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MAS keeps S$ policy band at neutral for an extended period
SINGAPORE'S central bank opted to keep its neutral policy stance of zero per cent appreciation of the S$NEER (Singapore dollar nominal effective exchange rate), adding that such a stance is needed for an "extended period".
The Monetary Authority of Singapore's (MAS) assessment on Thursday pointed to a subdued outlook for growth and inflation for the Singapore economy and its labour market, despite recent strong data. The Singapore dollar weakened against the US dollar by as much as 0.24 per cent to 1.3976 at 8.05am after the announcement.
In its April bi-annual monetary policy statement (MPS), MAS said that it would keep the rate of appreciation of the S$NEER policy band at zero percent. The width of the policy band and the level at which it is centred will be unchanged.
"As indicated in the October 2016 MPS, a neutral policy stance is appropriate for an extended period and should ensure medium-term price stability."
Before Thursday's MPS, many economists had expected MAS to leave its monetary policy stance unchanged, but wondered whether MAS would tweak its assessment on this stance.
MAS first flattened the policy band in April 2016, and kept this stance in October. It said then that this was appropriate given the subdued outlook for growth and inflation.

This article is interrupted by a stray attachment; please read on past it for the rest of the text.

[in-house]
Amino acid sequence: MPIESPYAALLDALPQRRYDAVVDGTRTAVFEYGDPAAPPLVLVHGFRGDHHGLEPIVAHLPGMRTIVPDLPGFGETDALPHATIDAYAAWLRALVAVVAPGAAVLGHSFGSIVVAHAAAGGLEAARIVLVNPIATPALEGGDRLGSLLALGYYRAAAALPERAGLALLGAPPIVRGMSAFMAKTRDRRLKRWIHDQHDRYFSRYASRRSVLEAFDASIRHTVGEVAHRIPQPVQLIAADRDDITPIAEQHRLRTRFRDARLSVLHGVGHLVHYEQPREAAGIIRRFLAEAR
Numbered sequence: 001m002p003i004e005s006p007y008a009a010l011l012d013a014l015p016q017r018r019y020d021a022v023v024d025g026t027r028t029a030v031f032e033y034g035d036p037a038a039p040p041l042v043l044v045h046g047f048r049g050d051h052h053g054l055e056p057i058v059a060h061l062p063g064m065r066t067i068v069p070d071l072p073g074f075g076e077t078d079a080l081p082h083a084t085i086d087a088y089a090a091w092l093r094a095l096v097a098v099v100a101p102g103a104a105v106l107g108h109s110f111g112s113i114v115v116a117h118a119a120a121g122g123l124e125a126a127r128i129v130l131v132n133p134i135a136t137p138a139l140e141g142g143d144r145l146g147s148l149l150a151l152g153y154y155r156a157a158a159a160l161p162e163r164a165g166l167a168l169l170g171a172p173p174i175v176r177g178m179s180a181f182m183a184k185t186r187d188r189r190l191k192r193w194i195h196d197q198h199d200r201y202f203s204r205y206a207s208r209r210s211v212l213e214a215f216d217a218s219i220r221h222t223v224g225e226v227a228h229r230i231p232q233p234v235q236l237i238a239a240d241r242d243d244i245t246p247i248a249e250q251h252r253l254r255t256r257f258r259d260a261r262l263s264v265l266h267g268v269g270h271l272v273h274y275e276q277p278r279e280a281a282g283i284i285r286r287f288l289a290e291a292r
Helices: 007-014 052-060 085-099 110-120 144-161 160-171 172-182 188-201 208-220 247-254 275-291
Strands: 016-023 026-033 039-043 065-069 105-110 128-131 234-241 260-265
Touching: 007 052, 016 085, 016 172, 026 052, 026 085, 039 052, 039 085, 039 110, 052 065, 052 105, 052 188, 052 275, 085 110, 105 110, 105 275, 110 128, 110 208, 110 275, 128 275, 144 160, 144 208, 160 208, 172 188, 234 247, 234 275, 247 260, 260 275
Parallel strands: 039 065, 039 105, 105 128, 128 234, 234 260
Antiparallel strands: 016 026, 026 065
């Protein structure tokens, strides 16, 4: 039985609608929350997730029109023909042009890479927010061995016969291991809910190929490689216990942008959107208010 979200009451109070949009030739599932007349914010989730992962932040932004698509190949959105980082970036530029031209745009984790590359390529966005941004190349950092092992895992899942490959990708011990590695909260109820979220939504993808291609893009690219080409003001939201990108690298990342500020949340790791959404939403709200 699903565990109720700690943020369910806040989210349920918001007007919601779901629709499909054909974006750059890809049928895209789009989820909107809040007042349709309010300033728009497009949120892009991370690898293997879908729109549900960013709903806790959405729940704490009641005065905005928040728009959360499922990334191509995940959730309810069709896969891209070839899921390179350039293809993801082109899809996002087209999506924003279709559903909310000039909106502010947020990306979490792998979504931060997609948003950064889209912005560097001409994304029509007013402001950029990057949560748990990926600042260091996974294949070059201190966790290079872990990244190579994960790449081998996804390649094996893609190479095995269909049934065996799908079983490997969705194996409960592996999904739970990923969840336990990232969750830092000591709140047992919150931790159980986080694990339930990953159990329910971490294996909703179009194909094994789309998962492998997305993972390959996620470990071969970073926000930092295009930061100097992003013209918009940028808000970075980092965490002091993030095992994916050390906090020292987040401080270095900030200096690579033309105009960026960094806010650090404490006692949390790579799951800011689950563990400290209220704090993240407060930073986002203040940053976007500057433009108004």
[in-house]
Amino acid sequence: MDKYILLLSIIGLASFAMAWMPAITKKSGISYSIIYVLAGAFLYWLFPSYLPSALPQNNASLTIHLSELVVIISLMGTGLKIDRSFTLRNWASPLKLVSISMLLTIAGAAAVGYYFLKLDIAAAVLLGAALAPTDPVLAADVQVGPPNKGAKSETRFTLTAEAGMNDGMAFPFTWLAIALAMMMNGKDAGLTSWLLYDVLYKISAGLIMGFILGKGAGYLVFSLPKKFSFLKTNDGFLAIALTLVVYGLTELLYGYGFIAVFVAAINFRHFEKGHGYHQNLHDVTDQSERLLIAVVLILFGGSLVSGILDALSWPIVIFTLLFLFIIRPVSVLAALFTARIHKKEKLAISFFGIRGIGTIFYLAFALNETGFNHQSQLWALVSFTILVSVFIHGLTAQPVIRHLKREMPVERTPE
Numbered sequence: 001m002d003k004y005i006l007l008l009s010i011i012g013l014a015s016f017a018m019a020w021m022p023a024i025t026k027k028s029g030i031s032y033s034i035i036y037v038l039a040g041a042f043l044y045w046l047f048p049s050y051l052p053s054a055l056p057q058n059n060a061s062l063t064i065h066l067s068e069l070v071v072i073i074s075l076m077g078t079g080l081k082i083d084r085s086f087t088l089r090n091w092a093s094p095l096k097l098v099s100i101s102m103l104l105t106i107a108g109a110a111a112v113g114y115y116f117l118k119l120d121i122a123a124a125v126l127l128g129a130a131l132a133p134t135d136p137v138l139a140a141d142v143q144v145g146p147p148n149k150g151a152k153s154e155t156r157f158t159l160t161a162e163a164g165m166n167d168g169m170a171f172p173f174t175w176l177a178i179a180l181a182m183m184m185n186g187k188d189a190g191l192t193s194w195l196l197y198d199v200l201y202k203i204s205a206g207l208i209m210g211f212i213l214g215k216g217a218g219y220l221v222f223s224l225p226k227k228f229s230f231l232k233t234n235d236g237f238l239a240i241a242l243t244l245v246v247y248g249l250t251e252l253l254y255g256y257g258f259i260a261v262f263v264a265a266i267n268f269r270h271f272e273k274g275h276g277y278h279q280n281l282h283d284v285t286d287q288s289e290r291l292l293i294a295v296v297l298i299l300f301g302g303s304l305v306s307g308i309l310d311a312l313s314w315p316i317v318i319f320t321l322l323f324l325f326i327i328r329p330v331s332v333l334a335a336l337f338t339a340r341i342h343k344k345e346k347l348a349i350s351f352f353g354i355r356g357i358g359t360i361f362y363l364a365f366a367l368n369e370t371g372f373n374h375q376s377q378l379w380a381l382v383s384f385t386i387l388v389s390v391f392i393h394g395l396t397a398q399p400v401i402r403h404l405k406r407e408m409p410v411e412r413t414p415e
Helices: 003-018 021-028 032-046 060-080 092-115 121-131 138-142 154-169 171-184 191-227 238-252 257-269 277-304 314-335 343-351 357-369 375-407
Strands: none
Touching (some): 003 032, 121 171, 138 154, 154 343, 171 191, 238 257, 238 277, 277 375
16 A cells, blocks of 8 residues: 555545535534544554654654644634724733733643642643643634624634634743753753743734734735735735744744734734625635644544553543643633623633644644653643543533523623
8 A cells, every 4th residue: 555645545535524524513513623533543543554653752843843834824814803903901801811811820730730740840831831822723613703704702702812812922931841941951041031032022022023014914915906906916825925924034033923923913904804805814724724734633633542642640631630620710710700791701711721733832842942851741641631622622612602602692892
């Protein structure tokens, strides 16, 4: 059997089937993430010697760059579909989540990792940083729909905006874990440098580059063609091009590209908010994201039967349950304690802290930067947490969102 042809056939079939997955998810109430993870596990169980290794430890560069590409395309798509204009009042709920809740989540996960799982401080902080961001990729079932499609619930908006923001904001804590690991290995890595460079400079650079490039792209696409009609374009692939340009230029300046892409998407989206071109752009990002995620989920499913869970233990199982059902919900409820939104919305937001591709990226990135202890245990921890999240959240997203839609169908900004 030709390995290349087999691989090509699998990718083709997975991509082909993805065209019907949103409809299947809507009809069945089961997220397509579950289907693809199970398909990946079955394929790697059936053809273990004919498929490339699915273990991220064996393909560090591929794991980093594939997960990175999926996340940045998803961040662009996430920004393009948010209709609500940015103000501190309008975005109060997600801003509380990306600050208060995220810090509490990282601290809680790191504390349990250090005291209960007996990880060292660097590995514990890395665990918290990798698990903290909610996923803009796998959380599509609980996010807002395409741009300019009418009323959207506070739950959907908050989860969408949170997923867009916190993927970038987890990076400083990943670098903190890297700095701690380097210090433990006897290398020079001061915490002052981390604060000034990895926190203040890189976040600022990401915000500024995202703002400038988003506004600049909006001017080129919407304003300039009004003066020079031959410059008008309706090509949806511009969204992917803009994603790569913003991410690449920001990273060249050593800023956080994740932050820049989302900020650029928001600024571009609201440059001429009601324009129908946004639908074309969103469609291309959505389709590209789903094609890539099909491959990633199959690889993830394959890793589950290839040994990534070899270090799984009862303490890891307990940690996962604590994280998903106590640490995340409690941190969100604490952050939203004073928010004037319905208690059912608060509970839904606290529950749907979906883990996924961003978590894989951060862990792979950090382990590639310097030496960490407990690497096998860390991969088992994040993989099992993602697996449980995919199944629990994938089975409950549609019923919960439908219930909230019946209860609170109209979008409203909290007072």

On Thursday, MAS said that the S$NEER has fluctuated around a strengthening trend, appreciating from below the mid-point of the policy band to the upper half of the band. "The appreciation from late February 2017 reflected, in part, broad-based US dollar weakness."
MAS noted that in recent months, growth for Singapore trade-oriented sectors have picked up, but the domestic ones remained uneven. Domestic sources of inflation have also remained relatively muted, as "conditions in the labour market have slackened since the last policy review."
"The Singapore economy will continue to expand at a modest pace in 2017. MAS core inflation is envisaged to rise gradually, largely on account of higher global oil prices," it said.
"However, demand-driven inflationary pressures will likely be restrained. Over the medium term, core inflation is expected to trend towards but average slightly below 2 per cent."